9 > Lorraine Sovern

Forward Fast is a personal documentary that explores the established language of cinema and how it shapes emerging artists. The film is not yet released, as it’s still completing its festival run. I’m exploring different distribution options, as well.

Synopsis: While embarking upon a process of archival and preservation, a filmmaker dives into a stark exploration of self as she discovers the seeds of patriarchy and misogyny already planted and steeping the imagery of her childhood films.


What is your vision for this project?
As a filmmaker, I make it my personal responsibility to create art that sparks challenging conversations which move us forward towards collective healing. Forward Fast is part of an experimental body of work that bolsters film as a vital tool for recovering from complex trauma. By employing radical honesty and vulnerability, I hope to create a safe space for self-disclosure and inspire others to share their stories. I believe that film is the ideal vehicle for achieving mass catharsis and widespread connection; acting as an antidote to the alienation and isolation that often results from experiencing trauma. I want my films to create a bridge for open communication and commiseration on the path to growth and resolution, both communally and individually.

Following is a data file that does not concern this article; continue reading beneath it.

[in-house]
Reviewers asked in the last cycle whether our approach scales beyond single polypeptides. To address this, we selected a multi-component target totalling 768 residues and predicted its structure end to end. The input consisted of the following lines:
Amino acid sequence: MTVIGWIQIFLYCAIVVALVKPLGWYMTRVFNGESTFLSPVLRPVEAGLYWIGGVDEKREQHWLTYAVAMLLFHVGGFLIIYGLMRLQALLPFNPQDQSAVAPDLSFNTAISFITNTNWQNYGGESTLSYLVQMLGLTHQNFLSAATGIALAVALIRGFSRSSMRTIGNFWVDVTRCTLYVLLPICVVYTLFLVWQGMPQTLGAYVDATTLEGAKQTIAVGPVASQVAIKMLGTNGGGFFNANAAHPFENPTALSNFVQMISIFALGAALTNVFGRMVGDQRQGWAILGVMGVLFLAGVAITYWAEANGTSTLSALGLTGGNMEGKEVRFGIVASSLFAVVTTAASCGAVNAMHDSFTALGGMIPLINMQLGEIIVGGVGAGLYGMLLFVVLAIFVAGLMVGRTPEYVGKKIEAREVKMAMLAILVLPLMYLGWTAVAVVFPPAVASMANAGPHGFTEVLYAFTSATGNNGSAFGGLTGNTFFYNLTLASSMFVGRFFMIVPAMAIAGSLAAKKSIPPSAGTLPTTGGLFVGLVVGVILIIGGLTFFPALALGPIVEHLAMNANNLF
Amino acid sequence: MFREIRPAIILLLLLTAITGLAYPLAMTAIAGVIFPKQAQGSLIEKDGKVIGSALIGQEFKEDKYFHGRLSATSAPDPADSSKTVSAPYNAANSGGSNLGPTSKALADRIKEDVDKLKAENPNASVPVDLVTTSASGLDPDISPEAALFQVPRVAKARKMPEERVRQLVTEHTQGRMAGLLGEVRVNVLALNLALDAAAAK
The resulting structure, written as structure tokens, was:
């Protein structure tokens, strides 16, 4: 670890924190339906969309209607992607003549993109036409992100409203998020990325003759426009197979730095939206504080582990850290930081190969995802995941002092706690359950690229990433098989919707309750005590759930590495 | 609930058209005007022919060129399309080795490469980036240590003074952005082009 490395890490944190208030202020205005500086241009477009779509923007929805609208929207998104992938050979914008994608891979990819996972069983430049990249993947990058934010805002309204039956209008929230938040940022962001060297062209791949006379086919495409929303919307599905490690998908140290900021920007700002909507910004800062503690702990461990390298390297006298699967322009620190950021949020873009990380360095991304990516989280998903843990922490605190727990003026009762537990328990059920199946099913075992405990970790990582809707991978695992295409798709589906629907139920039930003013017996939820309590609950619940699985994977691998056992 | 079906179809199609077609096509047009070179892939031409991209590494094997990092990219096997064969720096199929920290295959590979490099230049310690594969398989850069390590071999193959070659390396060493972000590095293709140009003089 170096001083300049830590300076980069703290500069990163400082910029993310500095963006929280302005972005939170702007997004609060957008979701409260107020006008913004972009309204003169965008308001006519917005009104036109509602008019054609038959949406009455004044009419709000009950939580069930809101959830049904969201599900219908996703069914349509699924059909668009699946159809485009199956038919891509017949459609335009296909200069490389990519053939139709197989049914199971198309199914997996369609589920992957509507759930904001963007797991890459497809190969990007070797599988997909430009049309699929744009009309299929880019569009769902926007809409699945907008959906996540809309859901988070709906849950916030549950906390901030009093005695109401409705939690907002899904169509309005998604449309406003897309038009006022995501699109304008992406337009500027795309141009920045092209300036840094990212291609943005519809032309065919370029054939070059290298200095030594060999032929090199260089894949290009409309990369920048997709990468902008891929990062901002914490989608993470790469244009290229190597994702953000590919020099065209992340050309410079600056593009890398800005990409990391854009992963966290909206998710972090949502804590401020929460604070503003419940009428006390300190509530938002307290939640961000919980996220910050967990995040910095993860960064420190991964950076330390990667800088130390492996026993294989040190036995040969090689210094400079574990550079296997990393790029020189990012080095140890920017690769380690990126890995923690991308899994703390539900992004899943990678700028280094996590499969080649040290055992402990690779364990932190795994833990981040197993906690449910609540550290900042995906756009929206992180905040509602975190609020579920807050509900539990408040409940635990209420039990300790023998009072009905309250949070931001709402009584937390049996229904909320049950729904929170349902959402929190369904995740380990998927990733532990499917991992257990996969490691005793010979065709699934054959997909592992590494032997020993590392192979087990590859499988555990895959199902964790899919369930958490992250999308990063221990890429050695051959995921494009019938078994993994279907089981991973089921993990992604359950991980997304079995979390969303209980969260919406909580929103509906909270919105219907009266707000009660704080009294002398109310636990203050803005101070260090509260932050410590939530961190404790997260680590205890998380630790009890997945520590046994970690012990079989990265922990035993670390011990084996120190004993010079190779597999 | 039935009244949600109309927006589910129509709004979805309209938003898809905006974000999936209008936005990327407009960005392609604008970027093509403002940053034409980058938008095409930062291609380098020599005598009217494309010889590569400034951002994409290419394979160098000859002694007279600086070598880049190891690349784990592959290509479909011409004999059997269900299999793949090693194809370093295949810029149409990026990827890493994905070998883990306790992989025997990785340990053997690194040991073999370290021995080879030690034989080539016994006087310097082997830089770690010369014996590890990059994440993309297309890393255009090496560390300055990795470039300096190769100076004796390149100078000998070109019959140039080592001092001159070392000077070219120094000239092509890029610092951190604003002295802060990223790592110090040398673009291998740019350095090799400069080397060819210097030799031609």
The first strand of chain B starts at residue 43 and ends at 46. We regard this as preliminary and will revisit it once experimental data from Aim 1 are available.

What was the initial spark or idea that led to the creation of this film
When I started this project, I was genuinely just looking to preserve my archive of childhood films. When I began reviewing the footage, there was no way I could ignore the complexity of what I discovered.

What inspired you to become a film director?
I’ve loved making movies from the moment I was old enough to hold the camera. I decided when I was 8 years old that making movies was my dream, and never let anything get in the way of that. As someone who has struggled with feelings of being an outsider, I’ve found so much connection through film. I believe that film is one of the most universal tools for widespread connection and understanding. There is something so powerful about the power of its language, which is exactly what Forward Fast is about.

Do conditions in the filmmaking industry limit the way in which the film can represent particular subjects?
As a micro-budget, self-produced filmmaker, I’ve found a lot of creative freedom operating on the outskirts of the industry. I’m dedicated to sharing perspectives that often go unheard in the mainstream. I think the best thing I can do is create the films I’d like to see more of.

Does the film follow or critique dominant ideologies?
Forward Fast holds a magnifying glass to the conventions of filmic language. I hope to spark an open dialogue that moves audiences into a critical evaluation of how the stories and images we view impact us.

Does it reflect and shape particular cultural tensions?
Forward Fast reflects the cultural tensions of an incredibly oversaturated, male dominated field. It highlights the ways these specific perspectives have shaped now deeply rooted conventions in the overall practice of filmmaking.